IV. Contents. These easily admit of being divided into two portions, the first mainly doctrinal (1-3), the second honorary and practical.

1. The doctrinal portion opens with a brief address to the saints in Ephesus, and rapidly passes into a sublime ascription of praise to God the Father, who has predestinated us to the adoption of sons, blessed and redeemed us in Christ, and made known to us his eternal purpose of uniting all in him (Ephesians 1:3-14). This not unnaturally evokes a prayer from the apostle that his converts may be enlightened to know the hope of God's calling, the riches of his grace, and the magnitude of that power which was displayed in the resurrection and transcendent exaltation of Christ-the head of his body, the Church (Ephesians 1:15-23). Then, with a more immediate address to his converts, the apostle reminds them how, dead as they had been in sin, God had quickened them, raised them, and even enthroned them with Christ; and how all was by grace, not by works (Ephesians 2:1-10). They were to remember, too, how they had once been alienated and yet were now brought nigh in the blood of Christ; how he was their Peace, how by him both they and the Jews had access to the Father, and how on him as the corner-stone they had been built into a spiritual temple to God (Ephesians 2:11-22). On this account, having heard, as they must have done, how to the apostle was revealed the profound mystery of this call of the Gentile world, they were not to faint at his troubles (Ephesians 3:1-13): nay, he prayed to the great Father of all to give them inward strength, to teach them the love of Christ, and fill them with the fullness of God (Ephesians 3:13-19). The prayer is concluded by a sublime doxology (Ephesians 3:20-21), which serves to usher in the more directly practical portion.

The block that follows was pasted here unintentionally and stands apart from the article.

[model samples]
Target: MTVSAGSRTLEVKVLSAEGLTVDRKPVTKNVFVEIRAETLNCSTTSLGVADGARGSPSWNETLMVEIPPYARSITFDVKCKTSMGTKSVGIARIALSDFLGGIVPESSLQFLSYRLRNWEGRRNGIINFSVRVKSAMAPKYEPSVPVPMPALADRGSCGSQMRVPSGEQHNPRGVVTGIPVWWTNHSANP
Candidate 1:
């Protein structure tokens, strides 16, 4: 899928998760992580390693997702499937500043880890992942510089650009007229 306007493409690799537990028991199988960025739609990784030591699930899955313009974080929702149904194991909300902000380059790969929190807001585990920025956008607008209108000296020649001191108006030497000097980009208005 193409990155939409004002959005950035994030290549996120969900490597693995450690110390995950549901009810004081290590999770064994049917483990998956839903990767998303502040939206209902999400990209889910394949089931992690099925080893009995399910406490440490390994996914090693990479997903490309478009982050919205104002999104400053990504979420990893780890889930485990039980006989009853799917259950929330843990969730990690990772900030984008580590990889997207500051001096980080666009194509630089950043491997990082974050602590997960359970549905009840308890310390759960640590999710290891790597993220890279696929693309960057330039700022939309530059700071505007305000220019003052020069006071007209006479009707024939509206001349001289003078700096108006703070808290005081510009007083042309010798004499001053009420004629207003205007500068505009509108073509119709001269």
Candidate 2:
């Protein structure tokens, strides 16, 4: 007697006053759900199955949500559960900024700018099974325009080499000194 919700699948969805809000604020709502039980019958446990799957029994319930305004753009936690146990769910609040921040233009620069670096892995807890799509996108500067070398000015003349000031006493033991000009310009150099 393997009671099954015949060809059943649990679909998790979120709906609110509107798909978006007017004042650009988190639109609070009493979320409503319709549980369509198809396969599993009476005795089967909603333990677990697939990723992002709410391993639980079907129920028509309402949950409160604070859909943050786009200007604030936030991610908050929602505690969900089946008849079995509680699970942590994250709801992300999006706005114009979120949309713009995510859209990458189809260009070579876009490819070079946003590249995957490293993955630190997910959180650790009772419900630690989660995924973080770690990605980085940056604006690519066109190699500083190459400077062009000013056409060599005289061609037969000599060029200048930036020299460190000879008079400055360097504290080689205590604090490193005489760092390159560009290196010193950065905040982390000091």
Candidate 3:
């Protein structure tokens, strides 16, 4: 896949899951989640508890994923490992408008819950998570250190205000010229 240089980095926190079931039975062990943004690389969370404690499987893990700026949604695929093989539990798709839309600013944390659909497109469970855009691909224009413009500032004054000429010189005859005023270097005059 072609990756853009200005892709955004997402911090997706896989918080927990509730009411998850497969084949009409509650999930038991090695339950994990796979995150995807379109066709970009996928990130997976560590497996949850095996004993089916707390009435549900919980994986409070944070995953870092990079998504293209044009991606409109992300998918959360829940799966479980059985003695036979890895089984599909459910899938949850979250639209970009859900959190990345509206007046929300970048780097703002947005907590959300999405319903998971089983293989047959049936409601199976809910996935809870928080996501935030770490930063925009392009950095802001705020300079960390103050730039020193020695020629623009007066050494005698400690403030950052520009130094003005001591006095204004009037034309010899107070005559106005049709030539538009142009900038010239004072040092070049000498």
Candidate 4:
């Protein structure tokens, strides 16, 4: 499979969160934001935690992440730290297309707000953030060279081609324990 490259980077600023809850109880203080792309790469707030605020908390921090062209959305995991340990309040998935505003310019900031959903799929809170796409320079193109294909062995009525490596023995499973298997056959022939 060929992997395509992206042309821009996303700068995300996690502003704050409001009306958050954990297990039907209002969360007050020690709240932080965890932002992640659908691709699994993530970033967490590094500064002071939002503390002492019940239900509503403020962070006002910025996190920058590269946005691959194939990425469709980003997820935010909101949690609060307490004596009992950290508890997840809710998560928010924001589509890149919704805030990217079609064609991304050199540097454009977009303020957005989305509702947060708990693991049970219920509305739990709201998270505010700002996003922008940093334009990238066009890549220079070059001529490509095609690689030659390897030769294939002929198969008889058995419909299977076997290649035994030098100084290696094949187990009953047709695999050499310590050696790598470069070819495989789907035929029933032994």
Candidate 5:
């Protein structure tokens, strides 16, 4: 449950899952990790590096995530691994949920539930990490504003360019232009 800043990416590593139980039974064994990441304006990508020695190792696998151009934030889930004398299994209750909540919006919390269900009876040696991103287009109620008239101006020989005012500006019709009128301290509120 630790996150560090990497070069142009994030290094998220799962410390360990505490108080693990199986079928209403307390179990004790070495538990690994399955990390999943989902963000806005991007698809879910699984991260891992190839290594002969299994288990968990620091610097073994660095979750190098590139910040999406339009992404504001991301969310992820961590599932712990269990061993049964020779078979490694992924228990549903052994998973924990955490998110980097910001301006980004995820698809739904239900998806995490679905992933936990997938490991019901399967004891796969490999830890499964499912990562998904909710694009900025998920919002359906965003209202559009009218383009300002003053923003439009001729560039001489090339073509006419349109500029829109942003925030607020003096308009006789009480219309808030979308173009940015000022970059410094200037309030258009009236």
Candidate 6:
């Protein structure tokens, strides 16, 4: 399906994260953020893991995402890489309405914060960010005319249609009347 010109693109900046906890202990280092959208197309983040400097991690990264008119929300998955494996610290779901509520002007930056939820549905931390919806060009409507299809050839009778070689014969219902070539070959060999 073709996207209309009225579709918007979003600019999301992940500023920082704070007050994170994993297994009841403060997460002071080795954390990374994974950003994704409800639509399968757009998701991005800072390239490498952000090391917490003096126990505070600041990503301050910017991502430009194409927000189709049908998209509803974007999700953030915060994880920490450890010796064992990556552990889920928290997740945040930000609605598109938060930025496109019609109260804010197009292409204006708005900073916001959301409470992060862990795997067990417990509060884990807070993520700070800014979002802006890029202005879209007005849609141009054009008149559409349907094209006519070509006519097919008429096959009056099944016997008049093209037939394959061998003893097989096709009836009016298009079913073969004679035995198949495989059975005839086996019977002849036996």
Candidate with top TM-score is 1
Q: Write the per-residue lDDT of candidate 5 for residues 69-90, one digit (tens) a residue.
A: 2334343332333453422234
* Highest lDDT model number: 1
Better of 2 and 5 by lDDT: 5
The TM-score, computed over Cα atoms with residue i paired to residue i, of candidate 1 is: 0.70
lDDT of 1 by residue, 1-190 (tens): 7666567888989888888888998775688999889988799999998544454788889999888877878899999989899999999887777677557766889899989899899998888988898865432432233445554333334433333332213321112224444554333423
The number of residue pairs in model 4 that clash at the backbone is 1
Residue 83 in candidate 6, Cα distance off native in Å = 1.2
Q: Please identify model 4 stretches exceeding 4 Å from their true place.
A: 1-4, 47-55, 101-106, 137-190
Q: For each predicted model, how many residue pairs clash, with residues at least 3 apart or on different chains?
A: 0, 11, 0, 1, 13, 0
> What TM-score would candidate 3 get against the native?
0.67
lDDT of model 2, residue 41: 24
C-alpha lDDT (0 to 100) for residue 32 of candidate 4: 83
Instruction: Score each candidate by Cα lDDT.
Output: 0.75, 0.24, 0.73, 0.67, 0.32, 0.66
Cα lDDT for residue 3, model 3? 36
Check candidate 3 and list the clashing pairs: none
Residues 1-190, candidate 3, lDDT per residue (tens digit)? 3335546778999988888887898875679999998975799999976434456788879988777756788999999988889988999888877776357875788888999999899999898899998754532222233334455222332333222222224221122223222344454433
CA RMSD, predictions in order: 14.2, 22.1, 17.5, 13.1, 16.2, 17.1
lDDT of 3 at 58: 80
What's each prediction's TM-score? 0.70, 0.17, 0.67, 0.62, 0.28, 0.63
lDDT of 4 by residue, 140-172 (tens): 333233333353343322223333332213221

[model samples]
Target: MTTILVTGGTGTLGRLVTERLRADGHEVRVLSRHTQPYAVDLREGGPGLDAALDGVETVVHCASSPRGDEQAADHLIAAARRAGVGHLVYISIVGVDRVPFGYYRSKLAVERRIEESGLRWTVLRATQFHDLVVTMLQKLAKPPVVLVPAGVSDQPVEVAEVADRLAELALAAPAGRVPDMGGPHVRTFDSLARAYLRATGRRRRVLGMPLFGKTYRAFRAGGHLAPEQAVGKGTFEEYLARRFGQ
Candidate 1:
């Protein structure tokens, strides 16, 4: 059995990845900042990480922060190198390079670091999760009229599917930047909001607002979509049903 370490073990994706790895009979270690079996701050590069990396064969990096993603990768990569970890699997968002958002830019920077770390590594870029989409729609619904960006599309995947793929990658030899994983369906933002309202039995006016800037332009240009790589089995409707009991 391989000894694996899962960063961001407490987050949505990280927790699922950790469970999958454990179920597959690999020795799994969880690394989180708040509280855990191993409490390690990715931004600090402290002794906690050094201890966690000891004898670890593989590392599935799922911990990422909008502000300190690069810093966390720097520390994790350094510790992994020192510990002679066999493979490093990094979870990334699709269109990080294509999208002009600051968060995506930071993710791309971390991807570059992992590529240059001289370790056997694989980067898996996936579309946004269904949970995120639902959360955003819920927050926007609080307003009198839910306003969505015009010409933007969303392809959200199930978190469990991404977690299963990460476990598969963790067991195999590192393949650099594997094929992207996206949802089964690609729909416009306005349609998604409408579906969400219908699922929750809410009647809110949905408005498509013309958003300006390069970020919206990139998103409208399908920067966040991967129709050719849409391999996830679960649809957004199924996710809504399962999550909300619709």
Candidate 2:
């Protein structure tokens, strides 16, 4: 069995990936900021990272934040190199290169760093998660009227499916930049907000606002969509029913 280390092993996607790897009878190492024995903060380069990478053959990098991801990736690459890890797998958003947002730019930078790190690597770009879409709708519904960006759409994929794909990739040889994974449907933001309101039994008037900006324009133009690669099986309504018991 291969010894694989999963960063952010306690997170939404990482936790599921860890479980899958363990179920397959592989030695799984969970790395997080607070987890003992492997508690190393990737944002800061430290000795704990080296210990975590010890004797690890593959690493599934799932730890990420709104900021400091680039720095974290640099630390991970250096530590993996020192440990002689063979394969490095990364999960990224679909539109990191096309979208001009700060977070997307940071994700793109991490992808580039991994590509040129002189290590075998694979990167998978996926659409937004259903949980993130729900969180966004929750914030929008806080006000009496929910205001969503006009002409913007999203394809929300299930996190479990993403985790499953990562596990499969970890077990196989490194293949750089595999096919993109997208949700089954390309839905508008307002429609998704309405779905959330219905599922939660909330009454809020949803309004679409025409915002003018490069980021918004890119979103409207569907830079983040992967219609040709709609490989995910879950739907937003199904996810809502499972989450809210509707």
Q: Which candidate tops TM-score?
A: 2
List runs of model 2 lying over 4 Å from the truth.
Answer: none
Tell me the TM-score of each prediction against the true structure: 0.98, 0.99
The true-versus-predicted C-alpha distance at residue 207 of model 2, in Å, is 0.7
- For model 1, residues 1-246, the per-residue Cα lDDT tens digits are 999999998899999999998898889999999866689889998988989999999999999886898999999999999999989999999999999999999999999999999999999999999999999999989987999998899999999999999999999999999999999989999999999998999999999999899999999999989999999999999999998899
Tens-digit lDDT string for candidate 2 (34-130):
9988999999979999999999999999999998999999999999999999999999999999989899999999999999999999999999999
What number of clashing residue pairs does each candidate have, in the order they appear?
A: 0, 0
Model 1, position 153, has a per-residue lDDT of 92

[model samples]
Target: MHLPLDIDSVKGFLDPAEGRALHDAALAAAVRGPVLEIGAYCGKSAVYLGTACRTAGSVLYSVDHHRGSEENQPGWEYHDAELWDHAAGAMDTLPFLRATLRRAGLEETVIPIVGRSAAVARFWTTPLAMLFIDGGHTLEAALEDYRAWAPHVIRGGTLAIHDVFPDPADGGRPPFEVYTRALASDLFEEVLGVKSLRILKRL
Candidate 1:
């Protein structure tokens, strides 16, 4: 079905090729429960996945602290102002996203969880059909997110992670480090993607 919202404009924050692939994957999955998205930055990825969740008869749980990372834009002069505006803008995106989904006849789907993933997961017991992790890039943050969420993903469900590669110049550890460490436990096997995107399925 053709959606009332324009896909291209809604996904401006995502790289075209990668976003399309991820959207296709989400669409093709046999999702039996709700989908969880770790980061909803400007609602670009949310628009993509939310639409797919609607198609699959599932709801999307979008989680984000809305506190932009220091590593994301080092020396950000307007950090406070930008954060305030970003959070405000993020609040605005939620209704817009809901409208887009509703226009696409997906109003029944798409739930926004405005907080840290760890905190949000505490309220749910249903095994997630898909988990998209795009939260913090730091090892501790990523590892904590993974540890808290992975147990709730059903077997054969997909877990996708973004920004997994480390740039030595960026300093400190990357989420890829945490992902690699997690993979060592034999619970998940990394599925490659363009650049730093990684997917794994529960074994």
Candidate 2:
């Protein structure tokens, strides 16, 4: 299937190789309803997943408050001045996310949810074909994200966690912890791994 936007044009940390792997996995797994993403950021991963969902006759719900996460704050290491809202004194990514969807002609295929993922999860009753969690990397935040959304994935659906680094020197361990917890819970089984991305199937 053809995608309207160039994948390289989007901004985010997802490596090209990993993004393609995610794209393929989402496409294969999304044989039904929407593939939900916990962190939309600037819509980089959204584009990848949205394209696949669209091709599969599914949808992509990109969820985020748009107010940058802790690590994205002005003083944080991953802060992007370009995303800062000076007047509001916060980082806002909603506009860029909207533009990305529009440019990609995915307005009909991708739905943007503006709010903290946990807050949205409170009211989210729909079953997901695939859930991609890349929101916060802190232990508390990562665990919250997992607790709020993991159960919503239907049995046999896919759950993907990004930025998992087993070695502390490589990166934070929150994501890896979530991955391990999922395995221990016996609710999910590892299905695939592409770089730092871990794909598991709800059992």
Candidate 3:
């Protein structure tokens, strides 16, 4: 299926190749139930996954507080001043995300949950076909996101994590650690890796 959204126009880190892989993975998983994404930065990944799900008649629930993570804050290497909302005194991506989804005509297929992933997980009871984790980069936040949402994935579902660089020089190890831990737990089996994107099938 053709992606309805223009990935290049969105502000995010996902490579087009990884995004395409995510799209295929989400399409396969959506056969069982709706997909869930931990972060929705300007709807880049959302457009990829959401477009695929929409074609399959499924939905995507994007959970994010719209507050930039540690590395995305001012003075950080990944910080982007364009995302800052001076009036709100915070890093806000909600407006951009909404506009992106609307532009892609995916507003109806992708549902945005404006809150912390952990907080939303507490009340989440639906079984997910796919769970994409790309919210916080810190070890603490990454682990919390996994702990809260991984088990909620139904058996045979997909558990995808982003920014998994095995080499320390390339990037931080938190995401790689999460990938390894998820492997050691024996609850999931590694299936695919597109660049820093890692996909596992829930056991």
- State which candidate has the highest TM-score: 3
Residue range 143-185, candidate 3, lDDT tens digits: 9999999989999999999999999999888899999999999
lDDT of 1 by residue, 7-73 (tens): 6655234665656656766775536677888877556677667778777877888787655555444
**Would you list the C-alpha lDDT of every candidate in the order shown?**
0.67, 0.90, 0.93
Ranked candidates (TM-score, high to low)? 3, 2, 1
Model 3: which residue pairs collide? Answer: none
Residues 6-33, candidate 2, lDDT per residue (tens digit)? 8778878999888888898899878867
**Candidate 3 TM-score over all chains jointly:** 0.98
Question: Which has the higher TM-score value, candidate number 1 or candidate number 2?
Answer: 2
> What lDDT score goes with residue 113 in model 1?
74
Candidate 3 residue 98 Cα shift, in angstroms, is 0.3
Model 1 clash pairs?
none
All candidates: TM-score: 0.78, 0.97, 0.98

2. This the apostle commences by entreating them to walk worthy of this calling, and to keep the unity of the Spirit: there was but one body, one Spirit, one Lord, and one God (Ephesians 4:1-6). Each, too, had his portion of grace from God (Ephesians 4:7-10), who had appointed ministering orders in the Church, until all come to the unity of the faith, and grow up and become united with the living Head, even Christ (Ephesians 4:11-16). Surely, then, they were to walk no more as darkened, feelingless heathen; they were to put off the old man, and put on the new (Ephesians 4:17-24). This, too, was to be practically evinced in their outward actions; they were to be truthful, honest, pure, and forgiving; they were to walk in love (Ephesians 4:25-32; Ephesians 5:1-2). Fornication, covetousness, and impurity were not even to be named; they were once in heathen darkness, now they are light, and must reprove the deeds of the past (Ephesians 5:3-14). Thus were they to walk exactly, to be filled with joy, to sing, and to give thanks (Ephesians 5:15-21). Wives were to be subject to their husbands, husbands to love and cleave to their wives (Ephesians 5:23-33); children were to honor their parents, parents to bring up holily their children (Ephesians 6:1-4); servants and masters were to perform to each other their reciprocal duties (Ephesians 6:5-9). With a noble and vivid exhortation to arm themselves against their spiritual foes with the armor of God (Ephesians 6:10-20), a brief notice of the coming of Tychicus (Ephesians 6:21-22), and a twofold doxology (Ephesians 6:23-24), this sublime epistle comes to its close.